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20

TL;DR: As late as the beginning of the 17th century, the editor Thomas Speght claimed that it was possible for a skillful reader to scan Chaucer. But he modernized Chaucer’s spelling, making it hard for anyone after him to do the same! It seems that in the mid-16th century, some people still knew, or thought they knew, how to scan Chaucer. Gavin Douglas, in ...


15

This is a very simple type of poetic metre, iambic dimeter. Each line consists of just two feet, and each foot consists of an unstressed syllable followed by a stressed syllable: my name is Cow, and wen its nite, or wen the moon is shiyning brite, and all the men haf gon to bed - i stay up late. i lik the bred. Wikipedia's example of iambic dimeter is ...


9

One person who believed that Chaucer could not count syllables, and possibly the most prominent one, was the poet John Dryden. Certainly, Dryden was of the opinion that Chaucer's poetry did not scan properly. In the preface to his book Fables, Ancient and Modern (1700), that contains translations of poems by Chaucer and Ovid, Dryden writes that Chaucer's ...


8

tl;dr Iambic meters are the most common of all classical and modern meters generally, and iambic pentameter is closest to the natural patterns of English speech. Plus, it was a successful conspiracy cooked up by Marlowe, Sidney, and the Great Vowel Shift. Introduction The word iamb comes from an ancient Greek genre of invective poetry. The metrical term ...


7

These free verse lines do not adhere to any specific number of feet, nor to any regular distribution of stressed and unstressed syllables. So the poem is not in any regular meter. The opening line suggests a catalectic dactylic trimeter: | / x x / x x / x | Softly I | walk through the | forest | But the subsequent lines quickly dispel ...


7

The rhythm of this poem is accentual dimeter: that is, it has two stresses per line, and an irregular complement of unstressed syllables. I read it like this, treating the second and third lines as if they are a single line that has been split: Look what we found in the park in the dark. We will take him home. We will call him Clark. He will live at our ...


5

As the comments to your question have noted, the most reliable way to figure out whether a given line is iambic pentameter is to sound it out. But if you're not confident of your ear, there are certain techniques you can use to help you identify how a line scans. First, it's necessary to understand how stress works in English. When any sequence of English ...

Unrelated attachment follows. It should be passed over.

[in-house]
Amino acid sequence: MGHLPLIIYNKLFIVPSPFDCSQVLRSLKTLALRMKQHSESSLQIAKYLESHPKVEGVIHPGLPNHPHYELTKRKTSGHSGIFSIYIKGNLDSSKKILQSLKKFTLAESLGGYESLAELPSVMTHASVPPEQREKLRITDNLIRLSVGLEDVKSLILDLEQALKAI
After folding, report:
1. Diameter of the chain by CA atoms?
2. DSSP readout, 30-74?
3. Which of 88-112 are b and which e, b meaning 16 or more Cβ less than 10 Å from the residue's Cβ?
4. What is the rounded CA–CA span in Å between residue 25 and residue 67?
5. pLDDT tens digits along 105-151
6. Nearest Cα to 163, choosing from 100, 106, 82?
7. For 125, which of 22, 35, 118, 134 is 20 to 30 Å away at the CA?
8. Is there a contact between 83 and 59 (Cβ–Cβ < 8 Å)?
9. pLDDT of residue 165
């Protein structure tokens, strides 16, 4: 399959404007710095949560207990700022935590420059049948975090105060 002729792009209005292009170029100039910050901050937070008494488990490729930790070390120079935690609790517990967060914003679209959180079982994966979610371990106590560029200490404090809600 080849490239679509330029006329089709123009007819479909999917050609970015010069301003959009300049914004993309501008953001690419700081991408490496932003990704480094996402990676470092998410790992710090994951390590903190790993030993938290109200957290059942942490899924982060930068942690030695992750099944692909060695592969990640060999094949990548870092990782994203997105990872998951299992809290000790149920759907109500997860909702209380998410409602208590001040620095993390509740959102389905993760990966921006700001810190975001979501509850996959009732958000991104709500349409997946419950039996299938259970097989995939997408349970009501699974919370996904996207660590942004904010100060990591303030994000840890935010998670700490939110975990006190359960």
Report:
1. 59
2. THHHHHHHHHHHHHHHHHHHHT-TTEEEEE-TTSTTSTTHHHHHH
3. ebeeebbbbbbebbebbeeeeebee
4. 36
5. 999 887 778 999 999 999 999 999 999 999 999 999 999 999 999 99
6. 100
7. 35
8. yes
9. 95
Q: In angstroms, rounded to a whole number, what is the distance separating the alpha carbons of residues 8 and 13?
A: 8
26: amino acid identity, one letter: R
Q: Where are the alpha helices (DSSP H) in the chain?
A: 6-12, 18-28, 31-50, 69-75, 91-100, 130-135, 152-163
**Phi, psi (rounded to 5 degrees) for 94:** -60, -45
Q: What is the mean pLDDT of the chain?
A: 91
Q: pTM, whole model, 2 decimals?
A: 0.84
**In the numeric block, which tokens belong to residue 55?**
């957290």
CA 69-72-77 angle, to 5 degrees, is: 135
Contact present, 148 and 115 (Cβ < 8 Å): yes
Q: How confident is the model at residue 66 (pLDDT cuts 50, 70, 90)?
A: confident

5

Reading comes first Shakespeare’s plays are written to be spoken by actors on stage, to convey meaning, nuance, and emotion to an audience. This dramatic purpose comes first, before considerations of metre. So the way to scan Shakespeare’s verse drama is to start by reading it aloud, and figuring out where the stress needs to go to best convey the sense, ...


5

In A Prosody Handbook, Karl Shapiro and Robert Beum claim: The Latin iambus derives from a Greek word meaning "a cripple." The short syllable represents the lame foot, the long one descending with normal strength, perhaps with the added strength of the cane. (p. 35) Shapiro, Karl, and Robert Beum. A Prosody Handbook. New York: Harper and Row, 1965....


5

I have not been able to find a name for this in the literature on poetic forms that I consulted in English, German or Dutch. The English-language sources I have consulted include the following: Trochaic tetrameter on Wikipedia, which gives examples in various languages without mentioning a named form that alternating eight-syllable and seven-syllable lines. ...


4

There really does seem to be a difference between Russian and English poetry in this aspect, but it's not that English listeners don't care about rhythm, but that English listeners have somehow acquired the ability to follow the rhythm even when the reader isn't going out of his way to emphasize it. I think your latest comment has identified your real ...


4

In spoken languages there's an idea of "stressed" and "unstressed" syllables. A stressed syllable is pronounced with more force and emphasis. In English there are words like "permit" that mean different things when the stressed syllable changes. "PERmit", with the first syllable stressed, is a noun that means "...


3

I would call it trochaic tetrameter with alternating feminine and masculine rhymes. Even though it a fairly common meter, I don't know a better name for it. If you leave out the last syllable of a trochaic line of poetry, it's called a catalectic line. So if all the lines of your poem had trochaic feet with the last foot reduced to one syllable, this would ...


1

"Is it that they are stressed following an unstressed word?" Short answer, in general yes, because in perfect iambic verse a stressed syllable always follows an unstressed syllable. Iambic pentameter is called iambic pentameter because it is written with five iambi (or iambs) per line. An iamb is a foot, or pattern, that is two syllables that are ...


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